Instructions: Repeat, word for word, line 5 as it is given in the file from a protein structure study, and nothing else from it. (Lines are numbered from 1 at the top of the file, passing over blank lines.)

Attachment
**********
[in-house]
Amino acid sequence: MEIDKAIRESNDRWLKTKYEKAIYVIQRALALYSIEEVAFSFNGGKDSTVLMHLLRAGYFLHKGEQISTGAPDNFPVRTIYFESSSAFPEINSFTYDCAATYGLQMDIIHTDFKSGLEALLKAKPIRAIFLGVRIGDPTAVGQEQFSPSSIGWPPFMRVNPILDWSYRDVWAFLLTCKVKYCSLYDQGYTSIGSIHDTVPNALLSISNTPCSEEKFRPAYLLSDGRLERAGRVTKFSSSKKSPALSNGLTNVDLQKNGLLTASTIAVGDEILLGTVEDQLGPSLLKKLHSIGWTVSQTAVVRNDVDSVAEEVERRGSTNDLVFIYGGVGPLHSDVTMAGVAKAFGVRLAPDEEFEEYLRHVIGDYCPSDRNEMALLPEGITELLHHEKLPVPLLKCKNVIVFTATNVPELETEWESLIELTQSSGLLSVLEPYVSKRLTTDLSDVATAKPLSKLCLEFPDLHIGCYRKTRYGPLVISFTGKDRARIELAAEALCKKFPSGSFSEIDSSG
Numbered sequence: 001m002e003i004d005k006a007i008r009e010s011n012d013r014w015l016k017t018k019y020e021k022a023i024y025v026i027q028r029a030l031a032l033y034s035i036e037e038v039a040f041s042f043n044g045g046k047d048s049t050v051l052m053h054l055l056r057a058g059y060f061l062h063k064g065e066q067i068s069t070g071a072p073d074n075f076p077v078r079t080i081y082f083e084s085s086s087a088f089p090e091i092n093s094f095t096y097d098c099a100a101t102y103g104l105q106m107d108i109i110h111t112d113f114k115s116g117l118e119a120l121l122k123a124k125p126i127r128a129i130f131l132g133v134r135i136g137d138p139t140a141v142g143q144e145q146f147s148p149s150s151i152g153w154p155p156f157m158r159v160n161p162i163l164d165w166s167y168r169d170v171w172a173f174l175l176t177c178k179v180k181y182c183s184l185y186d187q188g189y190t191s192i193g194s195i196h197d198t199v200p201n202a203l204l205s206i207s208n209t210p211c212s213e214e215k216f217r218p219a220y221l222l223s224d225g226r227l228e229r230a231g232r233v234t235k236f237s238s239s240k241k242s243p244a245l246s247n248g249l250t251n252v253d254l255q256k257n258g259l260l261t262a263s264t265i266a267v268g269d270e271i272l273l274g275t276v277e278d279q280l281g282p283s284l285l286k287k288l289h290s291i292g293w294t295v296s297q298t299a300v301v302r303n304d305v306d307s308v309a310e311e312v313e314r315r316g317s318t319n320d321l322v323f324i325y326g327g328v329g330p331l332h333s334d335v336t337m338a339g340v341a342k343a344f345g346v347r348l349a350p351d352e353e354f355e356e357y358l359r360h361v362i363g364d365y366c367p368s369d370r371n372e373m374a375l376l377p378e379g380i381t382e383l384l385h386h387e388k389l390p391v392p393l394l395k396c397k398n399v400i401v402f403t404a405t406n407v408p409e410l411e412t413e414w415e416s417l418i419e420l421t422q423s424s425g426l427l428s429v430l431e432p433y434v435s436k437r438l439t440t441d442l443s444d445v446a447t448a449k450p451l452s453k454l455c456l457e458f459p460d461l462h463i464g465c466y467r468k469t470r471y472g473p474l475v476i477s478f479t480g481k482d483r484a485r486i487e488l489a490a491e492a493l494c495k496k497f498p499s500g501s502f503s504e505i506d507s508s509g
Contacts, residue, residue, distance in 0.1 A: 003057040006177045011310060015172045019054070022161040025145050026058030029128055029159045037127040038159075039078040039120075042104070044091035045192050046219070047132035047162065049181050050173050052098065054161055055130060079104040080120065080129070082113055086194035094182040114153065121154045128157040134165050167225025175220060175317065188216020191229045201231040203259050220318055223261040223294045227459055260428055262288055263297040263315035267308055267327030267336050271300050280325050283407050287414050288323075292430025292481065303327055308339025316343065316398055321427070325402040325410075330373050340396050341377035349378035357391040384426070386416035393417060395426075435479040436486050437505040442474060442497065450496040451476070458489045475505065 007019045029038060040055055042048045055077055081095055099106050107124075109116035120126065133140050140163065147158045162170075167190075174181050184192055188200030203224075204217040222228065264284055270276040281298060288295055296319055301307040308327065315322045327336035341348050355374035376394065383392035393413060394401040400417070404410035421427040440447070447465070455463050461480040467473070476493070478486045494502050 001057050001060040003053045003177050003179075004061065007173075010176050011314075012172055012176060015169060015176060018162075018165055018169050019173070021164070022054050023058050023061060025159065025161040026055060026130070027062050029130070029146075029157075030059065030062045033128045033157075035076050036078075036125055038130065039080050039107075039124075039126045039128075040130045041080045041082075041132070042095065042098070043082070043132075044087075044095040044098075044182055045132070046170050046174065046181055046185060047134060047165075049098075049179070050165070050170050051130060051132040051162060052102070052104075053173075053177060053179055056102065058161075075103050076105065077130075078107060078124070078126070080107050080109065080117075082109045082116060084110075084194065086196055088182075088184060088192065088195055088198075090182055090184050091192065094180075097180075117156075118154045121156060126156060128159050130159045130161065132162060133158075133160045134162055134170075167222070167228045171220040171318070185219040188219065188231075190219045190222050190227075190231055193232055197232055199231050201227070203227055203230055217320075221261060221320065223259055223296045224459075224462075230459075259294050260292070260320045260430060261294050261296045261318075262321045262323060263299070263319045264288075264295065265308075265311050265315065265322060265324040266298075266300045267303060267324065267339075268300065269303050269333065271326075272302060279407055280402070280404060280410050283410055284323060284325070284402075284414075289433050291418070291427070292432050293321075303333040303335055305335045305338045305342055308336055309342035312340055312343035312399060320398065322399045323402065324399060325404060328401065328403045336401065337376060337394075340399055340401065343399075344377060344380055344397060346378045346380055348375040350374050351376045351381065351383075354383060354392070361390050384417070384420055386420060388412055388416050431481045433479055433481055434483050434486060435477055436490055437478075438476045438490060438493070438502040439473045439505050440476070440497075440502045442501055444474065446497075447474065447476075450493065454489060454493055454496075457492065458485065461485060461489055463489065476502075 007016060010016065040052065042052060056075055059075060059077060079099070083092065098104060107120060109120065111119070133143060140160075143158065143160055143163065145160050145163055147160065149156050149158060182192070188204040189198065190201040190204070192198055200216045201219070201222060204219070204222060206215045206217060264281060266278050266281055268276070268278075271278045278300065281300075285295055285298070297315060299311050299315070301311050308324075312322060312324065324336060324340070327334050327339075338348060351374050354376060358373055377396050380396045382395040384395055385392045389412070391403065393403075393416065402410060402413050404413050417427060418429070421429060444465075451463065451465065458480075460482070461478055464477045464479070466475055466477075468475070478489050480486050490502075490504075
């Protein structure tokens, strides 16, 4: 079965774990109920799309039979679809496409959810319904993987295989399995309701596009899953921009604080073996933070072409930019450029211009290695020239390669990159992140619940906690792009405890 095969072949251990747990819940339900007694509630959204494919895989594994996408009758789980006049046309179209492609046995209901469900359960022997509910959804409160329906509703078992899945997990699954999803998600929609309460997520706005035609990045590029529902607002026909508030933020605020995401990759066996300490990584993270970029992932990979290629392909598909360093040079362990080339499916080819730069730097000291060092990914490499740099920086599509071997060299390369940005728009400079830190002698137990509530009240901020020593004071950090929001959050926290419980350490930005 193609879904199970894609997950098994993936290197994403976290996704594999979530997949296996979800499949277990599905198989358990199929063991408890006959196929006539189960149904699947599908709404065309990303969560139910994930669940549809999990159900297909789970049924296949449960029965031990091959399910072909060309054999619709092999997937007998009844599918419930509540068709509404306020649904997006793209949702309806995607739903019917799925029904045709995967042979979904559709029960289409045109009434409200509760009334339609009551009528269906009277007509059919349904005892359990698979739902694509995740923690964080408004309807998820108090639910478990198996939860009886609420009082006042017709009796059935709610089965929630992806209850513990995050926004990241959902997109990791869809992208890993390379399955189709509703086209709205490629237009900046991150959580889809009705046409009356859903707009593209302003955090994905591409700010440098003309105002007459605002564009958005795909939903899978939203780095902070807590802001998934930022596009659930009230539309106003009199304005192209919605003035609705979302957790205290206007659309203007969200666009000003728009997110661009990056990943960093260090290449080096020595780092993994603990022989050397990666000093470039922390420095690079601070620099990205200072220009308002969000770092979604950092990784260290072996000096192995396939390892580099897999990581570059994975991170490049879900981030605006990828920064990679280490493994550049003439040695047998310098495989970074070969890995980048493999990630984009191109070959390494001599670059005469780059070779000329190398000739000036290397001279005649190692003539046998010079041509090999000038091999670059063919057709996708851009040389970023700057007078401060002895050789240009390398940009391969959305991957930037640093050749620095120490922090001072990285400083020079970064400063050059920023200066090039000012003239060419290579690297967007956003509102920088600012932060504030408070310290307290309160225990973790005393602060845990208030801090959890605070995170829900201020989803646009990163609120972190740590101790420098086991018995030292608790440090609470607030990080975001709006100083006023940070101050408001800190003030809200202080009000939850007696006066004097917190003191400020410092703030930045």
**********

């Protein structure tokens, strides 16, 4: 079965774990109920799309039979679809496409959810319904993987295989399995309701596009899953921009604080073996933070072409930019450029211009290695020239390669990159992140619940906690792009405890 095969072949251990747990819940339900007694509630959204494919895989594994996408009758789980006049046309179209492609046995209901469900359960022997509910959804409160329906509703078992899945997990699954999803998600929609309460997520706005035609990045590029529902607002026909508030933020605020995401990759066996300490990584993270970029992932990979290629392909598909360093040079362990080339499916080819730069730097000291060092990914490499740099920086599509071997060299390369940005728009400079830190002698137990509530009240901020020593004071950090929001959050926290419980350490930005 193609879904199970894609997950098994993936290197994403976290996704594999979530997949296996979800499949277990599905198989358990199929063991408890006959196929006539189960149904699947599908709404065309990303969560139910994930669940549809999990159900297909789970049924296949449960029965031990091959399910072909060309054999619709092999997937007998009844599918419930509540068709509404306020649904997006793209949702309806995607739903019917799925029904045709995967042979979904559709029960289409045109009434409200509760009334339609009551009528269906009277007509059919349904005892359990698979739902694509995740923690964080408004309807998820108090639910478990198996939860009886609420009082006042017709009796059935709610089965929630992806209850513990995050926004990241959902997109990791869809992208890993390379399955189709509703086209709205490629237009900046991150959580889809009705046409009356859903707009593209302003955090994905591409700010440098003309105002007459605002564009958005795909939903899978939203780095902070807590802001998934930022596009659930009230539309106003009199304005192209919605003035609705979302957790205290206007659309203007969200666009000003728009997110661009990056990943960093260090290449080096020595780092993994603990022989050397990666000093470039922390420095690079601070620099990205200072220009308002969000770092979604950092990784260290072996000096192995396939390892580099897999990581570059994975991170490049879900981030605006990828920064990679280490493994550049003439040695047998310098495989970074070969890995980048493999990630984009191109070959390494001599670059005469780059070779000329190398000739000036290397001279005649190692003539046998010079041509090999000038091999670059063919057709996708851009040389970023700057007078401060002895050789240009390398940009391969959305991957930037640093050749620095120490922090001072990285400083020079970064400063050059920023200066090039000012003239060419290579690297967007956003509102920088600012932060504030408070310290307290309160225990973790005393602060845990208030801090959890605070995170829900201020989803646009990163609120972190740590101790420098086991018995030292608790440090609470607030990080975001709006100083006023940070101050408001800190003030809200202080009000939850007696006066004097917190003191400020410092703030930045």